Armour Thyroid: A Patient’s Story – What Happened When Forest Labs Changed Armour Thyroid

PART I: My Thyroid History and Background

It had taken a better part of two years to get to the bottom of my thyroid issues. I had been told for so long that there “was nothing wrong with my thyroid” that I almost started believing it myself. But deep down inside, I knew that there was something very wrong. And whatever it was, it wasn’t getting better, but worse. To make a long story short, I ended up in an operating room, far from home, after finally, getting a doctor to admit that not only was their a problem with my thyroid, but it needed to be removed because it was dangerously large. Fast forward to after the operation.

after-armour-thyroid-changed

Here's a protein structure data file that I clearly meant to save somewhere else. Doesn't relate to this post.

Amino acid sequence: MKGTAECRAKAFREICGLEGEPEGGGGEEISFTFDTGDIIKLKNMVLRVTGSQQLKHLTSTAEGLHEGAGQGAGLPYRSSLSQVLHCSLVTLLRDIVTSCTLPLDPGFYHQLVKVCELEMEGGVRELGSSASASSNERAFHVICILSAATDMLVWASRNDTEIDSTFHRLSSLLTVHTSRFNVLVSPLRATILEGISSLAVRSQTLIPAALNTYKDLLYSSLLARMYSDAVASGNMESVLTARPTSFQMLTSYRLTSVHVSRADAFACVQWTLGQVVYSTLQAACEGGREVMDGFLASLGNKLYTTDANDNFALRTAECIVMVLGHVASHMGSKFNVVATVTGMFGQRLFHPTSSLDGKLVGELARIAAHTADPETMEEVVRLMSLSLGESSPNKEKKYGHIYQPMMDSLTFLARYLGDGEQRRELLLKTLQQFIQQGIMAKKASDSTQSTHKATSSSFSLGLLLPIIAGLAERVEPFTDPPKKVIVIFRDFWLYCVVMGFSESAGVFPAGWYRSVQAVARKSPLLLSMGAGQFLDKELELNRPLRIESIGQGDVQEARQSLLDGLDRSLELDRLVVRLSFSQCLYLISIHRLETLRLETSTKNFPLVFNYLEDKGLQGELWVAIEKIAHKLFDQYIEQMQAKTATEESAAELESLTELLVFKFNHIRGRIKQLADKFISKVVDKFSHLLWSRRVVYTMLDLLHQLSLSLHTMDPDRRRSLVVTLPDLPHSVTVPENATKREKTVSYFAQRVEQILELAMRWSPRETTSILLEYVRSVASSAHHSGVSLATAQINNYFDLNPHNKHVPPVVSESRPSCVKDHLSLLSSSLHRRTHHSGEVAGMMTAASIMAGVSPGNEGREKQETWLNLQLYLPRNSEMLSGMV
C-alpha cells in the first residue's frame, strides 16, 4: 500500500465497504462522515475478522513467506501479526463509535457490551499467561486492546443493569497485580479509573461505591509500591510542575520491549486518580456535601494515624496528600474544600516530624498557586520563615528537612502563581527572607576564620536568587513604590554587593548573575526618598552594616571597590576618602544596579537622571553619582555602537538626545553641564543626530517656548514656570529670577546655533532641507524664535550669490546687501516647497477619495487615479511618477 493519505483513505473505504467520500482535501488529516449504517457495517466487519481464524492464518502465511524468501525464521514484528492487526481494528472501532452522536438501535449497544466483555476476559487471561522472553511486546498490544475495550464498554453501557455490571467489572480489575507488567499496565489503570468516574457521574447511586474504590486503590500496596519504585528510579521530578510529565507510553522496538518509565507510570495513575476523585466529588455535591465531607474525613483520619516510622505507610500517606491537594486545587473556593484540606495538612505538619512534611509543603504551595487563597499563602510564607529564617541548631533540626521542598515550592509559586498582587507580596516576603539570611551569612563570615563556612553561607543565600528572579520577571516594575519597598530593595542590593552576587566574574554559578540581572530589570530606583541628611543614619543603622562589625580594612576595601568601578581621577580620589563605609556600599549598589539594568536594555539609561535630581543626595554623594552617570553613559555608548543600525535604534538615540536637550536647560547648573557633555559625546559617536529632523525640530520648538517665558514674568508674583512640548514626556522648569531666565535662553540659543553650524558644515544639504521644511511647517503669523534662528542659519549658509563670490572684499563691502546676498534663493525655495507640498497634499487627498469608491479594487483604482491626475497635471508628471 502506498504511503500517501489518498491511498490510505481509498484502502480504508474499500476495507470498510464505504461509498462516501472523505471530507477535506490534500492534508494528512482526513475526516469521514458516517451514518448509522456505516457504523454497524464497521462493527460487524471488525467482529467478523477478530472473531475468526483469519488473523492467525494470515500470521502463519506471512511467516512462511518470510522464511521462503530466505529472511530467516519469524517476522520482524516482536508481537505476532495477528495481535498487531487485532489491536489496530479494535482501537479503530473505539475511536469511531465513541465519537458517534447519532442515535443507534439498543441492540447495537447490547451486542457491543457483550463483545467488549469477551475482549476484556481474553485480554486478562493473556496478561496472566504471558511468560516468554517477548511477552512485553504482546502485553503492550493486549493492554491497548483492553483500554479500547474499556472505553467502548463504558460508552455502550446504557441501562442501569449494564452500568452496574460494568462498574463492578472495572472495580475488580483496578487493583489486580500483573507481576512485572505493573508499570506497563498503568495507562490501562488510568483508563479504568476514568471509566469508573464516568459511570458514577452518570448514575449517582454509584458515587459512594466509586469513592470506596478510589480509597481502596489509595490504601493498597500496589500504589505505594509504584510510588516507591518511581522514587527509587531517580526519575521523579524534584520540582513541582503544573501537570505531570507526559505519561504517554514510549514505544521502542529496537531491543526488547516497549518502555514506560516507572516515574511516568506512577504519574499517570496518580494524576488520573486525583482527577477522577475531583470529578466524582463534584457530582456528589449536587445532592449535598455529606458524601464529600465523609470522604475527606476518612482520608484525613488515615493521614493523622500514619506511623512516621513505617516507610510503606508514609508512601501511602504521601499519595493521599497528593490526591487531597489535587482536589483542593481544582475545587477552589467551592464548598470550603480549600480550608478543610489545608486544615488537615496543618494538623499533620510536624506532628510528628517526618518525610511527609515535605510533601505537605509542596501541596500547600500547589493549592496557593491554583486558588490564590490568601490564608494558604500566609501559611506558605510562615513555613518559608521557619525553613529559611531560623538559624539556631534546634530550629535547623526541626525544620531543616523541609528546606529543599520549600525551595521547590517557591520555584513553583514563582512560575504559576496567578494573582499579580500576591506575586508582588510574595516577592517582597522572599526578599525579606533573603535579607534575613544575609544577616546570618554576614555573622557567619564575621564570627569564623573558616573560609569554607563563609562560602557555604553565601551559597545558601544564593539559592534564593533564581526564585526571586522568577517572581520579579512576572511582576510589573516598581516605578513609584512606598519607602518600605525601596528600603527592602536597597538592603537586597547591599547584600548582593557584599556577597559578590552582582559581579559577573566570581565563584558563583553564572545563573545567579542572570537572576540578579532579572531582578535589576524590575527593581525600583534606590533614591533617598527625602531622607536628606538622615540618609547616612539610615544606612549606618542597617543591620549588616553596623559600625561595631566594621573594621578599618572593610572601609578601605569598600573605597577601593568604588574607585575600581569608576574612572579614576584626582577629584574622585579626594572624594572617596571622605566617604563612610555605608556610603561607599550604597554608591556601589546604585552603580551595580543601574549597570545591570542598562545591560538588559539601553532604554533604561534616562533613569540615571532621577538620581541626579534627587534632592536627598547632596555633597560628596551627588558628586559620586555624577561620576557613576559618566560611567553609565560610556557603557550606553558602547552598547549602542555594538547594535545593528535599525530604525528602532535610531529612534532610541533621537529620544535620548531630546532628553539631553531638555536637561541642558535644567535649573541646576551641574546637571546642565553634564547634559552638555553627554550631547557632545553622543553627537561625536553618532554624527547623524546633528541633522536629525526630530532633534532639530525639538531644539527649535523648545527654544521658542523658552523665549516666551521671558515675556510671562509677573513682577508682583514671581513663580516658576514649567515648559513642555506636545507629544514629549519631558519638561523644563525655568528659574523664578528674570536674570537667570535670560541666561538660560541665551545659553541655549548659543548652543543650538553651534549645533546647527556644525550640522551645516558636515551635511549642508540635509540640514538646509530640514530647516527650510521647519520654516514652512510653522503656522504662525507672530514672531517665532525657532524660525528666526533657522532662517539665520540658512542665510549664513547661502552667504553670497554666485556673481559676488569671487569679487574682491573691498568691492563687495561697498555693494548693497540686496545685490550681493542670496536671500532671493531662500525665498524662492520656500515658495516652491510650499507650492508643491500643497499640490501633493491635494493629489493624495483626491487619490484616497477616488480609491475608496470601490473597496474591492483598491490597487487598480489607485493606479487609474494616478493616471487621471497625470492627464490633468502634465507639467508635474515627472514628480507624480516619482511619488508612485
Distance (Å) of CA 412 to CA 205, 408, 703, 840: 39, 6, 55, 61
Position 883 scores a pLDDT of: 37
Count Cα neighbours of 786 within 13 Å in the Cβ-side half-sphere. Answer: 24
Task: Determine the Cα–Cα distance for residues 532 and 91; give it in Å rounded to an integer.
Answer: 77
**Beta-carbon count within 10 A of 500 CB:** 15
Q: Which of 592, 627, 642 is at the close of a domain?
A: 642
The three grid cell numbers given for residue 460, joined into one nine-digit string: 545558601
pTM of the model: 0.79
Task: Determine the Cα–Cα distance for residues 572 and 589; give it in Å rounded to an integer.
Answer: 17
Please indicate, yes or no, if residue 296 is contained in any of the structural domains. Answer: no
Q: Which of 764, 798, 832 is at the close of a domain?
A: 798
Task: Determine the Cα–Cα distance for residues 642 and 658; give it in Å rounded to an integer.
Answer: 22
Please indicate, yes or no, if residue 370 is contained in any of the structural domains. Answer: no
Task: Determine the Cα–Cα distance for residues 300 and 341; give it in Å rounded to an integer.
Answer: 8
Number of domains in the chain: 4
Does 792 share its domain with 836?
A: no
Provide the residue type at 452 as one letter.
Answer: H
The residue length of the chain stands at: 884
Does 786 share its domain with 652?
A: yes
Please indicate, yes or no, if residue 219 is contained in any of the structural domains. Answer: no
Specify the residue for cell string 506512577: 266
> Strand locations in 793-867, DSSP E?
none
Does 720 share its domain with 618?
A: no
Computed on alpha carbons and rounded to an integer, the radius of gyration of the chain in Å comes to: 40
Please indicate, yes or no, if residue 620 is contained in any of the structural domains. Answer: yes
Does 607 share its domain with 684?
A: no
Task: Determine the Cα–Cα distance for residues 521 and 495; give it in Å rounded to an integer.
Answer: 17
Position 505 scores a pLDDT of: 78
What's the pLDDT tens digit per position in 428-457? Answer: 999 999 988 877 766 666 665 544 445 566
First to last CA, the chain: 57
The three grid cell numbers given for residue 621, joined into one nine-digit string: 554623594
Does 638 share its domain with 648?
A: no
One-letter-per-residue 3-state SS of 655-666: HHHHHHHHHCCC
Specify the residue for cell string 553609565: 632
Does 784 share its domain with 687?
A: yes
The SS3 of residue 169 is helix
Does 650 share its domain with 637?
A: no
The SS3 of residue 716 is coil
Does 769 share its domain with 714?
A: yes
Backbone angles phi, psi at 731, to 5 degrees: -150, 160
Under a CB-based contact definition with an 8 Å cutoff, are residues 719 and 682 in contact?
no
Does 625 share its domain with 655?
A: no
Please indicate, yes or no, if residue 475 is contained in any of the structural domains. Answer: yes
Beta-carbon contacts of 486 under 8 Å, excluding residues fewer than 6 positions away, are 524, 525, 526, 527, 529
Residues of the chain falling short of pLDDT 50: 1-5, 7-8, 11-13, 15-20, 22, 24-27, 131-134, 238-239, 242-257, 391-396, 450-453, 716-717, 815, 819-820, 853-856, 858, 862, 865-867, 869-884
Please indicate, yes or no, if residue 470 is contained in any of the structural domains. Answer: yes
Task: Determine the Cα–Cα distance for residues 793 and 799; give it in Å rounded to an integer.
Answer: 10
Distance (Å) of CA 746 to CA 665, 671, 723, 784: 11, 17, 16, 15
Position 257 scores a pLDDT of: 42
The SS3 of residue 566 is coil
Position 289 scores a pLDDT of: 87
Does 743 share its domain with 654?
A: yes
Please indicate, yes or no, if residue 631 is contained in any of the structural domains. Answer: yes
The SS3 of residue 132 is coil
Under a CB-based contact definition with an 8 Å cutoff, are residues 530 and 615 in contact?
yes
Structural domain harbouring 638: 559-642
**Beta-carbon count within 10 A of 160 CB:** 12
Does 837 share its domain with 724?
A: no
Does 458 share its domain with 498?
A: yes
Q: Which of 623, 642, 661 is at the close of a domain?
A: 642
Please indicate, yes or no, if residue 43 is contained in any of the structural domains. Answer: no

At first, of course, I was prescribed the synthetic medication Synthroid. Almost all doctors do, especially those associated with major medical centers. After a while on the Synthroid, when I found myself with raging headaches, bloating, and a face that looked unusually swollen, I decided to take matters into my own hands and I asked my primary care practitioner to change me over to Armour Thyroid. Trouble was, my primary care doctor thought she knew better, and refused to switch anything with my medication as she thought the Synthetic thyroid medication called Synthroid, and touted by most all the endocrinologists, would be just fine for me. I’m usually a very calm and kind person, with a very slow fuse, who will give everyone the benefit of the doubt, but after my 2 year journey of being misdiagnosed or just plain undiagnosed at all, my patience was a little thin, and I heard myself tell my doctor that I didn’t care what everyone else was prescribing or even if she thought the synthetic Synthroid was better. The one thing I knew for sure after two years of being tossed about and patronized by the medical professionals I had placed my trust in, was that I understood my body better than anyone, and I knew that Synthroid was not working for me and I needed to try something else. I then said that it may not matter to her, but it mattered a great deal to me, and if she wasn’t going to help me find an alternative, I would find someone else who would.